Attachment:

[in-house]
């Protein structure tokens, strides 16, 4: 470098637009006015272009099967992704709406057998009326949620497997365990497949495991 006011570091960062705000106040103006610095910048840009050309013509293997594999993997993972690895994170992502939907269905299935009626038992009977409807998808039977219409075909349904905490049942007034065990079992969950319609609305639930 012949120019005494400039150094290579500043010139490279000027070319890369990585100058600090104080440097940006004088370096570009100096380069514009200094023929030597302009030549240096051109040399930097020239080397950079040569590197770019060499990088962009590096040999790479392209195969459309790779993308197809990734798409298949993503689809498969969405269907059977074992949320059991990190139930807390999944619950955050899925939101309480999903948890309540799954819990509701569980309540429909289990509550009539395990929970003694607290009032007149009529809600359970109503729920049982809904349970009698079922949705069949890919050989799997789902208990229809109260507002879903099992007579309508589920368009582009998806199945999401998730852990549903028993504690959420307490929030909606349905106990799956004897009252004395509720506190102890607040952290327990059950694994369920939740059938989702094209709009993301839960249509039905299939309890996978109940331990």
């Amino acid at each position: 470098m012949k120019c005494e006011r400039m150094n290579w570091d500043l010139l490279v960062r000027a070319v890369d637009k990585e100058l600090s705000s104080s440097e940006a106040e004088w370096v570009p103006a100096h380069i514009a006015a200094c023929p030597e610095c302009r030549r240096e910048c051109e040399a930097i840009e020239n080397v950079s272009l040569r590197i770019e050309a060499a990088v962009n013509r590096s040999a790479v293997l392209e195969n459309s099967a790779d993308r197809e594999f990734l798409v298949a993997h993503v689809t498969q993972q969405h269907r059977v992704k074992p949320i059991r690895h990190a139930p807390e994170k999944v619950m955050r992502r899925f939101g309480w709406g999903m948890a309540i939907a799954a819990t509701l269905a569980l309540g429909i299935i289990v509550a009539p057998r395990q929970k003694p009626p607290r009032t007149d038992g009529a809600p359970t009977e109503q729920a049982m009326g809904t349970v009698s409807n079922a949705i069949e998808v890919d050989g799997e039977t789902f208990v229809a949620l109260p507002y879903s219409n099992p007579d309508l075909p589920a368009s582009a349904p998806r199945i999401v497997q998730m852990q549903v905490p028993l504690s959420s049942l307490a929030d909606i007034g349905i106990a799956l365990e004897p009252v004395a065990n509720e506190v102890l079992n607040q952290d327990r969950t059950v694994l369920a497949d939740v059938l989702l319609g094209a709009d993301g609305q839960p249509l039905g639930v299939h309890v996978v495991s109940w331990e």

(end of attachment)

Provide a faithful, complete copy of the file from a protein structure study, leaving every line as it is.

[in-house]
């Protein structure tokens, strides 16, 4: 470098637009006015272009099967992704709406057998009326949620497997365990497949495991 006011570091960062705000106040103006610095910048840009050309013509293997594999993997993972690895994170992502939907269905299935009626038992009977409807998808039977219409075909349904905490049942007034065990079992969950319609609305639930 012949120019005494400039150094290579500043010139490279000027070319890369990585100058600090104080440097940006004088370096570009100096380069514009200094023929030597302009030549240096051109040399930097020239080397950079040569590197770019060499990088962009590096040999790479392209195969459309790779993308197809990734798409298949993503689809498969969405269907059977074992949320059991990190139930807390999944619950955050899925939101309480999903948890309540799954819990509701569980309540429909289990509550009539395990929970003694607290009032007149009529809600359970109503729920049982809904349970009698079922949705069949890919050989799997789902208990229809109260507002879903099992007579309508589920368009582009998806199945999401998730852990549903028993504690959420307490929030909606349905106990799956004897009252004395509720506190102890607040952290327990059950694994369920939740059938989702094209709009993301839960249509039905299939309890996978109940331990």
């Amino acid at each position: 470098m012949k120019c005494e006011r400039m150094n290579w570091d500043l010139l490279v960062r000027a070319v890369d637009k990585e100058l600090s705000s104080s440097e940006a106040e004088w370096v570009p103006a100096h380069i514009a006015a200094c023929p030597e610095c302009r030549r240096e910048c051109e040399a930097i840009e020239n080397v950079s272009l040569r590197i770019e050309a060499a990088v962009n013509r590096s040999a790479v293997l392209e195969n459309s099967a790779d993308r197809e594999f990734l798409v298949a993997h993503v689809t498969q993972q969405h269907r059977v992704k074992p949320i059991r690895h990190a139930p807390e994170k999944v619950m955050r992502r899925f939101g309480w709406g999903m948890a309540i939907a799954a819990t509701l269905a569980l309540g429909i299935i289990v509550a009539p057998r395990q929970k003694p009626p607290r009032t007149d038992g009529a809600p359970t009977e109503q729920a049982m009326g809904t349970v009698s409807n079922a949705i069949e998808v890919d050989g799997e039977t789902f208990v229809a949620l109260p507002y879903s219409n099992p007579d309508l075909p589920a368009s582009a349904p998806r199945i999401v497997q998730m852990q549903v905490p028993l504690s959420s049942l307490a929030d909606i007034g349905i106990a799956l365990e004897p009252v004395a065990n509720e506190v102890l079992n607040q952290d327990r969950t059950v694994l369920a497949d939740v059938l989702l319609g094209a709009d993301g609305q839960p249509l039905g639930v299939h309890v996978v495991s109940w331990e």